Test The Limits

Absorbing away the cost of noise

By Adrien Mann

March 11 2016

Noise is a duality. On one hand, it can be soothing, inspirational, even emotional, like Beethoven’s 5th Symphony, or the fine-tuned thunderstorm of a Jaguar F-Type R (see Jalopnik article). On the other hand, it can be a nuisance, a discomfort, even a threat to our health. For electric car companies, low noise levels are a must to guarantee high levels of quality and low impact on the environment. In heavy industries, highly-powered machinery can generate health-threatening noise levels, if left untreated. Worldwide, governmental institutions have passed (and continue passing) laws limiting the noise levels in the vicinity of machines to ensure the safety of workers and neighboring citizens. (Watch a video on the challenges of noise management with many simulation examples of designs with and without absorbption materials including HVAC and power generators.)

 

With higher standards, stronger regulations and demanding performance constraints, product engineers have to push the design of their products to extremes never met before. And to do so, they have to use all possible manufacturing ammunition available. One chosen method is the use of sound absorbing material for noise control, such as foam, rock wool, etc. However, while it can be an efficient solution, it is extremely hard to quantify beforehand how the use of such materials will impact the noise levels generated by a given design, or how it will affect the performance of the system. Without the right prediction tool, the only remaining solution is to build a prototype and physically test it. But prototyping is costly, and can only happen extremely late in the design process, when most design features are already frozen. This approach to engineering is unfortunately closer to damage control than state-of-the-art product design.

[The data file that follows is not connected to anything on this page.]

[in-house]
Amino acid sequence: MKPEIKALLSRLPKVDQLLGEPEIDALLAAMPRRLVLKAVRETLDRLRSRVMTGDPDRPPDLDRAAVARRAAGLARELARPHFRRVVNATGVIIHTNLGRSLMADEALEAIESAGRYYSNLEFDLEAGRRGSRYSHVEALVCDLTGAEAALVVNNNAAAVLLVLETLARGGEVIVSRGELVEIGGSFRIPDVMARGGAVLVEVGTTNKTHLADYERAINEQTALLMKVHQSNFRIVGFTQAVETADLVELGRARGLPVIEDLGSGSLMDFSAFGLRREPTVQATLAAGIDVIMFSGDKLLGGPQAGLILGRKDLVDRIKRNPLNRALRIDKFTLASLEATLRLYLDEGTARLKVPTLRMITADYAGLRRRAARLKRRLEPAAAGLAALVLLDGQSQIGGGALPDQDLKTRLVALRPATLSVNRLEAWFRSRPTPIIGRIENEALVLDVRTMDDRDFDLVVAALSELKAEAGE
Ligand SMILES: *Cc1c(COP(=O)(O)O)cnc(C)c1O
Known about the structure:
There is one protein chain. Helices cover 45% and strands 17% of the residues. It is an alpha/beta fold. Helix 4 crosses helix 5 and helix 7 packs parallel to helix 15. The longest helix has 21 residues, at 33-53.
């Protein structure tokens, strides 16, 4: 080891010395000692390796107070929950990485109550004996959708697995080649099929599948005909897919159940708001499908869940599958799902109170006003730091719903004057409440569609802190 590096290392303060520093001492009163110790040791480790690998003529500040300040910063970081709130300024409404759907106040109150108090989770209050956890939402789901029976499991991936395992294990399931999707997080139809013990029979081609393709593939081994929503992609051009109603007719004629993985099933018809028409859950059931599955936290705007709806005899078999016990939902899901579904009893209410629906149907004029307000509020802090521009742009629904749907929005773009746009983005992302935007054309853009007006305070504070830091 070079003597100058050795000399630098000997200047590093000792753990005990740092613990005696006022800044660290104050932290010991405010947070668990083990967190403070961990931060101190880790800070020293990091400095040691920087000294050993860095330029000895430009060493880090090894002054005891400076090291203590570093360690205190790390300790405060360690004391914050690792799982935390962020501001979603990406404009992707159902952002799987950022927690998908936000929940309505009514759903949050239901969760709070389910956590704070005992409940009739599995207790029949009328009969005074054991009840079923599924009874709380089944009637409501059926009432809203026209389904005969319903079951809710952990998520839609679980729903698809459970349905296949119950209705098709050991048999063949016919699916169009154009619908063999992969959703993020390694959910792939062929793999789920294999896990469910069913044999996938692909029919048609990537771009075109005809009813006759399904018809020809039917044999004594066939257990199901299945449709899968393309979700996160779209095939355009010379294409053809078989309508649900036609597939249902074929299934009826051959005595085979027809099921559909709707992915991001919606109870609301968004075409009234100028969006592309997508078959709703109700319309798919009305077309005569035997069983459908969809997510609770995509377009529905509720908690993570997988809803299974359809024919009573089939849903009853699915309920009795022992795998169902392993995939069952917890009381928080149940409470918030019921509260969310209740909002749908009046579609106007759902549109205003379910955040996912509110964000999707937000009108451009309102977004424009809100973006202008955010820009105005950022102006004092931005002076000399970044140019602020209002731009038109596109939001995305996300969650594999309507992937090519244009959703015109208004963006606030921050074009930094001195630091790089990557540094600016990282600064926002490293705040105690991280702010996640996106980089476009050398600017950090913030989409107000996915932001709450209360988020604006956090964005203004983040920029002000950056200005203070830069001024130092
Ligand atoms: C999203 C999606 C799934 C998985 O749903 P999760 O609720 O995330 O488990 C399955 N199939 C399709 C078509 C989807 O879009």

Fortunately, innovative numerical methods are emerging providing engineers with the ability to predict early on how sound absorbing material will affect the noise levels and flow. For example, Exa’s patented Acoustic Porous Medium solution empowers engineers with the ability to assess the efficiency of sound absorbing material on noise levels, simultaneously ensuring that the material shape and location do not affect the overall performance of the product (often related to thermal protection, cooling flow, or flow performance - such as back pressure drop in an exhaust). With such predictive solutions, product engineers are now able to accelerate the design cycle, minimize the risks for failure and reduce the costs of late trial-and-error testing on costly prototypes.